Much of what is known about Kalamazoo’s outward appearance during the mid to late nineteenth century—its buildings, its citizens, and its events—can be attributed to the Local History Room’s impressive collection of historic photographs.
Thousands of images dating from the 1860s and before provide invaluable insight into life and living during Kalamazoo’s formative years. The man behind the camera for many of these (often stellar) images was Wallace S. White, one of Kalamazoo’s most noteworthy early photographers.
During the 1850s and 1860s, Kalamazoo became home to several prominent photographers and daguerreotypists. Among these early photographic pioneers were Schuyler C. Baldwin, who is perhaps best known for his stunning stereo images of Kalamazoo and Grand Rapids, Cullen C. Packard, a well known portrait photographer, and many others. By the late 1860s, a second wave of local image-makers had begun to document the region and its citizenry. A leader among this group was Wallace S. White.
Born in Chicago in 1842 and raised in Otsego, Michigan (Allegan County), Wallace S. White came to Kalamazoo in 1869 and began his career as a partner in a photographic supply dealership at 103 Main Street.
In 1873, White purchased Schuyler Baldwin’s old gallery at 116 Main Street, and opened his own photo studio, where he actively began capturing images of local citizens.
On 17 May 1878, White unveiled his newly remodeled studios at 148 & 150 West Main Street, which occupied the entire third floor above F. S. Stone & Son’s Grocery at the corner of Main and Rose. His new studio boasted a large double parlor, new portrait studio with a large skylight, and a new camera.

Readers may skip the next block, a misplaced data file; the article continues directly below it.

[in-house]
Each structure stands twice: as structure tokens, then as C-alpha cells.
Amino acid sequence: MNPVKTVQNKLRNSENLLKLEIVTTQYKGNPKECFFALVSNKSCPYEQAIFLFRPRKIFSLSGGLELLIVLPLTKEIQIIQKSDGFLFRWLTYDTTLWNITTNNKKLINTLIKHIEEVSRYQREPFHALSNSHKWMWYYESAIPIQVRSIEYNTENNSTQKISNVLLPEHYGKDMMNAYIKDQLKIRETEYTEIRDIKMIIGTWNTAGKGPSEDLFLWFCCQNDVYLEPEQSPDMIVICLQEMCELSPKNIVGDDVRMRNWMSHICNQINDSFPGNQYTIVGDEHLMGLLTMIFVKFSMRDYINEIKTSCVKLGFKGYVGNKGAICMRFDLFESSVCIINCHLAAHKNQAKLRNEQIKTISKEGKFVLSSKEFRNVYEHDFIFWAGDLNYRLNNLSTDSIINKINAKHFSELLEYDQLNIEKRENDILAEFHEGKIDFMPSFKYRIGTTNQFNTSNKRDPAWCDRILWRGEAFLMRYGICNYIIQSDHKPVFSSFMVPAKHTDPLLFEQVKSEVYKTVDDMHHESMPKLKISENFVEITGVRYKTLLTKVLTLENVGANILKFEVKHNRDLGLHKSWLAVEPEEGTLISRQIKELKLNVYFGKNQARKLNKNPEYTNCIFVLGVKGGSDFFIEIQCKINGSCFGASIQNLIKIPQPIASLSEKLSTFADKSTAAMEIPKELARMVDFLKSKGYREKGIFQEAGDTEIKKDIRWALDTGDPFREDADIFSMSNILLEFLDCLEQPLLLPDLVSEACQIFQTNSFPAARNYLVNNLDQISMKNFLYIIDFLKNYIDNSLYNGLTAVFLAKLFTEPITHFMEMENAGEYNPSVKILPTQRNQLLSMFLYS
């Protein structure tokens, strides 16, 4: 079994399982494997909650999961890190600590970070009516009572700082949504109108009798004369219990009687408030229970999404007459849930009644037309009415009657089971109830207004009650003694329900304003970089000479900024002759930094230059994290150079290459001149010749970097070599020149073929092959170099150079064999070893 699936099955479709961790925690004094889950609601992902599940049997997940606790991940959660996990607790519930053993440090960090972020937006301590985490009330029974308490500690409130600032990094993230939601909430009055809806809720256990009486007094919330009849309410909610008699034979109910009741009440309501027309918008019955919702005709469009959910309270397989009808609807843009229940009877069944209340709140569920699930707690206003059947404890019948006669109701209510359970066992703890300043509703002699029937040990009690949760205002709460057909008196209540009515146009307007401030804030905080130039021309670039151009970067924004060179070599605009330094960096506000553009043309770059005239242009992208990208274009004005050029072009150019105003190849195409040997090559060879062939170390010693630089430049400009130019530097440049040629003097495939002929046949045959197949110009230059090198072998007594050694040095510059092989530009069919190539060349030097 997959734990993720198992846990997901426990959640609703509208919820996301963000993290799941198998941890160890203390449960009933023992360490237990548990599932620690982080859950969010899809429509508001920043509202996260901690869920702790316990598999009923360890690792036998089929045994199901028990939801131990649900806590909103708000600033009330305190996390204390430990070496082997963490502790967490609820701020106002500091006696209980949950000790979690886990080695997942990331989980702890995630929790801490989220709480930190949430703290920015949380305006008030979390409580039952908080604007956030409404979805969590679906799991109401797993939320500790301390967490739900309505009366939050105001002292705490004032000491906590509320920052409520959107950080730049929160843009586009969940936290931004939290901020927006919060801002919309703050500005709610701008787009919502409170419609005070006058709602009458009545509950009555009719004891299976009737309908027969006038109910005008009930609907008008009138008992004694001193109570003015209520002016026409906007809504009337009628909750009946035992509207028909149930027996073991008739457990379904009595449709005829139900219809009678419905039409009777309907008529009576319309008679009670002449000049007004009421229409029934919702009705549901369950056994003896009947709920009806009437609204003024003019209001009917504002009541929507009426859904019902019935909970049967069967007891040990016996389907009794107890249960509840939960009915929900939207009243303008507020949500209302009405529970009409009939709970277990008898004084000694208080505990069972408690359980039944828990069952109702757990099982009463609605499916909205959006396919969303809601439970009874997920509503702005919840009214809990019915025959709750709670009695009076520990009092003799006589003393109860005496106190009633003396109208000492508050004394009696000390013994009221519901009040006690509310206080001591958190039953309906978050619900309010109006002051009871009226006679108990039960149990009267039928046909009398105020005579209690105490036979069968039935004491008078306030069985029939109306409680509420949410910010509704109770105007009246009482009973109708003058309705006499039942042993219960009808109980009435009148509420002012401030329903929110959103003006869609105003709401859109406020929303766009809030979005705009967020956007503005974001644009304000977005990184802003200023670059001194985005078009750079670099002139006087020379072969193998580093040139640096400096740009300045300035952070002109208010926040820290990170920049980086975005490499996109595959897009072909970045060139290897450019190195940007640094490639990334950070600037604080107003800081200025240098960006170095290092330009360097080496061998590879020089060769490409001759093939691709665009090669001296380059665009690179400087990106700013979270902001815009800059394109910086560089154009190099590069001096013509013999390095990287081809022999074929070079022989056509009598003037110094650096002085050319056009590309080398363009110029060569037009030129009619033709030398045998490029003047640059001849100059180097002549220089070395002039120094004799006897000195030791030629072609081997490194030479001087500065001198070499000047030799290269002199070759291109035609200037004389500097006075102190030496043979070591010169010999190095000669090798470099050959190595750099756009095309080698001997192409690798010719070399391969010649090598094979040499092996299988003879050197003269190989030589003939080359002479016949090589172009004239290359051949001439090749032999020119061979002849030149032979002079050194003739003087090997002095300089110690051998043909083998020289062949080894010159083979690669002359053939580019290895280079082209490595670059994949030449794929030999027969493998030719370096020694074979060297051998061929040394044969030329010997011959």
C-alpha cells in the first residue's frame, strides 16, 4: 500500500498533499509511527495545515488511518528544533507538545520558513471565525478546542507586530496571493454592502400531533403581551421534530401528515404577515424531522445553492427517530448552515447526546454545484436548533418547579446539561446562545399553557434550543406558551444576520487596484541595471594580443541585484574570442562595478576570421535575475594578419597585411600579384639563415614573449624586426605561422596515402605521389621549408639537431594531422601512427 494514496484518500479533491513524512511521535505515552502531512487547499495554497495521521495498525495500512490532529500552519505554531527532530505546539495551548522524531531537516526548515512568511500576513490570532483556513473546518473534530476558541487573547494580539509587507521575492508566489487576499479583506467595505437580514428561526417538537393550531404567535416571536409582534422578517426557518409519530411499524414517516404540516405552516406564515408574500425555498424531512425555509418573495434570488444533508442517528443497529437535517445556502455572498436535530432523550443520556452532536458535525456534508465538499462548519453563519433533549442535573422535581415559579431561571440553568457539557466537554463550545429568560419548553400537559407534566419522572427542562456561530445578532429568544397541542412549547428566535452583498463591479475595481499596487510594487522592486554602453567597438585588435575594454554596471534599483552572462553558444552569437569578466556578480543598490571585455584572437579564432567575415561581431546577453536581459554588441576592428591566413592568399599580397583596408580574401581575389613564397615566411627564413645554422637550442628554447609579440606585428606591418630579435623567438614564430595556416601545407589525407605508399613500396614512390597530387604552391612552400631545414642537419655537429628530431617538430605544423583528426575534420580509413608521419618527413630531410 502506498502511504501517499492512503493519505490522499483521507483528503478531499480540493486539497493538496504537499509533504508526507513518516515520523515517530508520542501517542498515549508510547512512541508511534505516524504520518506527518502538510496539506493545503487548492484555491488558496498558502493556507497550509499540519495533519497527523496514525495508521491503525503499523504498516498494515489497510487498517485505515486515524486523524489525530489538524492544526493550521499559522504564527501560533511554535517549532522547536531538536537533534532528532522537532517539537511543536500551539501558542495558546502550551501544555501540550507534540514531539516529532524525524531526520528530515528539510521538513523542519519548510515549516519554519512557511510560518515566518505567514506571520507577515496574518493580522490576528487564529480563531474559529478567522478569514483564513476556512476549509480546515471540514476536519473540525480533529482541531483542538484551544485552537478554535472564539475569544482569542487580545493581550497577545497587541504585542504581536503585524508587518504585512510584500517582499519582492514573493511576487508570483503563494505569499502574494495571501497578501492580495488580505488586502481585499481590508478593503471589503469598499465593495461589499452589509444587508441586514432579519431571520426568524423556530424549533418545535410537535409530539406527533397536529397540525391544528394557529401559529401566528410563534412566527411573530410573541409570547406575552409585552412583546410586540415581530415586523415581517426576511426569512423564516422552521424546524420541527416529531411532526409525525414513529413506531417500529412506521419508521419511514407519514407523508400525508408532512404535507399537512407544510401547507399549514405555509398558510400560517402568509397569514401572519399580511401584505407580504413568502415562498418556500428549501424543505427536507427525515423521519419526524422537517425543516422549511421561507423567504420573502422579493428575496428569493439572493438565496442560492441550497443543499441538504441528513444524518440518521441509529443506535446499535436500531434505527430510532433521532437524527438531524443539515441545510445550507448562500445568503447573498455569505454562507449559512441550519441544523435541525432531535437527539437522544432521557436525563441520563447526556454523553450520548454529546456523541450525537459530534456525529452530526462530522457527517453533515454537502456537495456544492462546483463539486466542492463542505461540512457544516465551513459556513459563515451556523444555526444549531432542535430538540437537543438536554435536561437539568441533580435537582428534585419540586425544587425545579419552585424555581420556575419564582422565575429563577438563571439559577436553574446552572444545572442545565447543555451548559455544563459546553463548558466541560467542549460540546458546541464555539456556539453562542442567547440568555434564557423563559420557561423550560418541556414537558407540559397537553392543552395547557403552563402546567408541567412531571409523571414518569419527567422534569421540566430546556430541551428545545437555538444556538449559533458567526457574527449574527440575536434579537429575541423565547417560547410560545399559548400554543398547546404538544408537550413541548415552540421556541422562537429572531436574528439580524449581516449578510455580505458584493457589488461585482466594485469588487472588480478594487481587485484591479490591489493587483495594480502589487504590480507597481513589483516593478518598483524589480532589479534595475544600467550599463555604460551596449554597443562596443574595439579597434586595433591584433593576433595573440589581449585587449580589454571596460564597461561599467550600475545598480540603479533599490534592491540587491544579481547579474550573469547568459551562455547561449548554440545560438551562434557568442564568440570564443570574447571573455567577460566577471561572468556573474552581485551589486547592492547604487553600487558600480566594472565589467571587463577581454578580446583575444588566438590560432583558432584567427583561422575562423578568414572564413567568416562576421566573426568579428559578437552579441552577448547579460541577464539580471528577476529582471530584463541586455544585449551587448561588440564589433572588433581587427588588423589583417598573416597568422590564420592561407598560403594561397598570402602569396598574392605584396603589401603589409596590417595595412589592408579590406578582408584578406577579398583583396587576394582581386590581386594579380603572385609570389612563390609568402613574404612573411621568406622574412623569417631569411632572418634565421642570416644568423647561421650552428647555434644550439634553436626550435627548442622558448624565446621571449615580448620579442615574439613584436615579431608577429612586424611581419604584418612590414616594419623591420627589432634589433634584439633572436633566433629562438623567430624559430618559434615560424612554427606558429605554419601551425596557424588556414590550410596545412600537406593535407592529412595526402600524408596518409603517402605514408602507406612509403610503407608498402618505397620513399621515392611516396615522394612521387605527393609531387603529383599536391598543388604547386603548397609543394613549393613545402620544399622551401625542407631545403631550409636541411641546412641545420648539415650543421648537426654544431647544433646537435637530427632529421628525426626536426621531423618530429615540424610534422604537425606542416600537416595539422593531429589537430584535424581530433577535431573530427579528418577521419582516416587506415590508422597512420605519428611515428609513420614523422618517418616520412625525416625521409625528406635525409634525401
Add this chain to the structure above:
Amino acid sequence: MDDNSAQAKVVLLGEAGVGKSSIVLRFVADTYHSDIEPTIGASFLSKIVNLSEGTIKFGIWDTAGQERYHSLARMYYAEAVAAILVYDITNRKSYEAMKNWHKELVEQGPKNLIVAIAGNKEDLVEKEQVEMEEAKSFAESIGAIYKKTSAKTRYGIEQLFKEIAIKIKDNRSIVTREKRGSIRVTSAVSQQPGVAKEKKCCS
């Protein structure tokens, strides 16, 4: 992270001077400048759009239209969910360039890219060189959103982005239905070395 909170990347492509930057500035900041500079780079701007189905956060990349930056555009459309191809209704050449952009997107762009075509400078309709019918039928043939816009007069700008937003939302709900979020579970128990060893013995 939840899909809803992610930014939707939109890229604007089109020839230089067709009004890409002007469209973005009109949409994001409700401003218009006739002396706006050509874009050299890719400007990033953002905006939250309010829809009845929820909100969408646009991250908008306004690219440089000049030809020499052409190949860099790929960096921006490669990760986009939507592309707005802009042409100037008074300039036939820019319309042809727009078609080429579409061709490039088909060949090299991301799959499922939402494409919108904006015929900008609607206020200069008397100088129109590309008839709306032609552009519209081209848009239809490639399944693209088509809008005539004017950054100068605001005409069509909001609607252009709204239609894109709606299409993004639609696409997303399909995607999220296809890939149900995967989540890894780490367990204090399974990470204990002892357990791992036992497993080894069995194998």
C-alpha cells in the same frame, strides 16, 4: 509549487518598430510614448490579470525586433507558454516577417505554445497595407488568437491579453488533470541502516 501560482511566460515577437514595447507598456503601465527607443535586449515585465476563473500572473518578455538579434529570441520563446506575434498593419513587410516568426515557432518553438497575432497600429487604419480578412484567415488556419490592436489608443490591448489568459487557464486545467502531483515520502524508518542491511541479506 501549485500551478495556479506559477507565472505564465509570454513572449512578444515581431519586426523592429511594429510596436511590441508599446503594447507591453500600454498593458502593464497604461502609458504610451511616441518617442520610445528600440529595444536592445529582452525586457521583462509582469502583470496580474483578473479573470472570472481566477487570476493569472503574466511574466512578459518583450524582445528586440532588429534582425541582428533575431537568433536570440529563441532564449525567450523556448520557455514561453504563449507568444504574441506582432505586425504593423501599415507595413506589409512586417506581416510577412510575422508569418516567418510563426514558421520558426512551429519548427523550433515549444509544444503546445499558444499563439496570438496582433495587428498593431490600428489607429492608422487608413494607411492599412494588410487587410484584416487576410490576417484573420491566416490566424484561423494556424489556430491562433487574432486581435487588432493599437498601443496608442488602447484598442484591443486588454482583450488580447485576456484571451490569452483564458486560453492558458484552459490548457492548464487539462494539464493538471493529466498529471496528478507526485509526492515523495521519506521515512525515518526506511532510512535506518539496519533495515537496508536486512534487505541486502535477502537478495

Images of Kalamazoo
Much like his predecessor, Schuyler Baldwin, it was White’s ability to capture images of the Kalamazoo community itself that continues to provide us with a highly accurate view of what the young village truly looked like. From its busy dirt streets and plank sidewalks, to attractive storefronts, local scenery and interesting social animation, White’s images provide an outstanding visual record of the community’s early architecture and a compelling glance at everyday local life. Cigar dealers, clothiers, grocers, and other merchants greet their customers with product-filled storefronts. Marching bands perform during festive parades; horses, wagons, carriages, parks, and buildings all lend valuable clues about life as it once was nearly a century-and-a-half ago.
In addition to his life as a career photographer, Wallace White also had an active interest in music. Military bands were exceedingly popular throughout America during this time period, and White enjoyed being part of the movement, both as a performer and a band leader. By 1877, White was offering second hand musical instruments for sale at his photo studios. Violins, an alto horn, a baritone horn and a guitar were all advertised to be “good as new.” A year later, White’s Full Quadrille Band was furnishing music for dancing parties and social occasions.
Balcom & White
In January 1885, White went into partnership with George B. Balcom, a local violinist and director of the orchestra at the Academy of Music. The pair bought out the remaining stock of sheet music and books from Col. Delos Phillips’ Music Store on Main Street and quickly set up shop in the First National Bank block. By September, Balcom & White had added a large case to their store filled with musical instruments for sale, “from a violin and cornet down to a harmonica.” The partnership didn’t last long, however. In November, White sold his interest in the music store and continued photography.
White’s Military Band
In the absence of a proper local community band during the summer of 1888, White formed his own 17-piece military band and began participating in parades and other social events in Kalamazoo and other nearby communities. First directed by White himself, then by Chester Z. Bronson, and later by Derance “Deal” Richards, White’s Military Band (also called “White’s Light Guard Band,” “White’s Light Infantry Band,” or most commonly just “White’s Band”) eventually developed an enthusiastic local following.
“As the procession ended at the park, a concourse of several thousand people were present...
At 3 o’clock, White’s military band struck up a lively medley piece, closing with the ‘Star Spangled Banner.’”
–Kalamazoo Gazette, 31 May 1891